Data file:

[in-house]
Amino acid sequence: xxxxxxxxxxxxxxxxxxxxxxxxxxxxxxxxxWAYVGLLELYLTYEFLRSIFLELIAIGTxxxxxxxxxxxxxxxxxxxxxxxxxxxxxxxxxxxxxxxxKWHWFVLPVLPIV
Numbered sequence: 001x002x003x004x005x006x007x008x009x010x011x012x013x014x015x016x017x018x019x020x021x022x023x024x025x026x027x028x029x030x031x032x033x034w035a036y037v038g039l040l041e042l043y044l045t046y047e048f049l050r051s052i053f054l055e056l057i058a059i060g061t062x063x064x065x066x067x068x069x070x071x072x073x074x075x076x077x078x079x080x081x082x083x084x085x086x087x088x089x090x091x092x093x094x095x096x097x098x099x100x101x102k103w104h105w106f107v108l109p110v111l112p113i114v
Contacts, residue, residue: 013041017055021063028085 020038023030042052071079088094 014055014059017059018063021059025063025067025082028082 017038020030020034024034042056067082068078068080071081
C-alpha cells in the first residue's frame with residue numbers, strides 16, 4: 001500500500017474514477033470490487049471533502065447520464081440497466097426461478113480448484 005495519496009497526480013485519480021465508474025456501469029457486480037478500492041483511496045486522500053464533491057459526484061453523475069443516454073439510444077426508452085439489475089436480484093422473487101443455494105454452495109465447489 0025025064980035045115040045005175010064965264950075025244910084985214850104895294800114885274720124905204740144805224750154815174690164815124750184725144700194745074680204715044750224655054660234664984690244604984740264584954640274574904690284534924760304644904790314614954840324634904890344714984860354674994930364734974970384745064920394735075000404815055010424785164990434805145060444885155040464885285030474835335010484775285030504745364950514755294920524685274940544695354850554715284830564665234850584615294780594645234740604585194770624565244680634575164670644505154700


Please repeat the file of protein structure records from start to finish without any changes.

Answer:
[in-house]
Amino acid sequence: xxxxxxxxxxxxxxxxxxxxxxxxxxxxxxxxxWAYVGLLELYLTYEFLRSIFLELIAIGTxxxxxxxxxxxxxxxxxxxxxxxxxxxxxxxxxxxxxxxxKWHWFVLPVLPIV
Numbered sequence: 001x002x003x004x005x006x007x008x009x010x011x012x013x014x015x016x017x018x019x020x021x022x023x024x025x026x027x028x029x030x031x032x033x034w035a036y037v038g039l040l041e042l043y044l045t046y047e048f049l050r051s052i053f054l055e056l057i058a059i060g061t062x063x064x065x066x067x068x069x070x071x072x073x074x075x076x077x078x079x080x081x082x083x084x085x086x087x088x089x090x091x092x093x094x095x096x097x098x099x100x101x102k103w104h105w106f107v108l109p110v111l112p113i114v
Contacts, residue, residue: 013041017055021063028085 020038023030042052071079088094 014055014059017059018063021059025063025067025082028082 017038020030020034024034042056067082068078068080071081
C-alpha cells in the first residue's frame with residue numbers, strides 16, 4: 001500500500017474514477033470490487049471533502065447520464081440497466097426461478113480448484 005495519496009497526480013485519480021465508474025456501469029457486480037478500492041483511496045486522500053464533491057459526484061453523475069443516454073439510444077426508452085439489475089436480484093422473487101443455494105454452495109465447489 0025025064980035045115040045005175010064965264950075025244910084985214850104895294800114885274720124905204740144805224750154815174690164815124750184725144700194745074680204715044750224655054660234664984690244604984740264584954640274574904690284534924760304644904790314614954840324634904890344714984860354674994930364734974970384745064920394735075000404815055010424785164990434805145060444885155040464885285030474835335010484775285030504745364950514755294920524685274940544695354850554715284830564665234850584615294780594645234740604585194770624565244680634575164670644505154700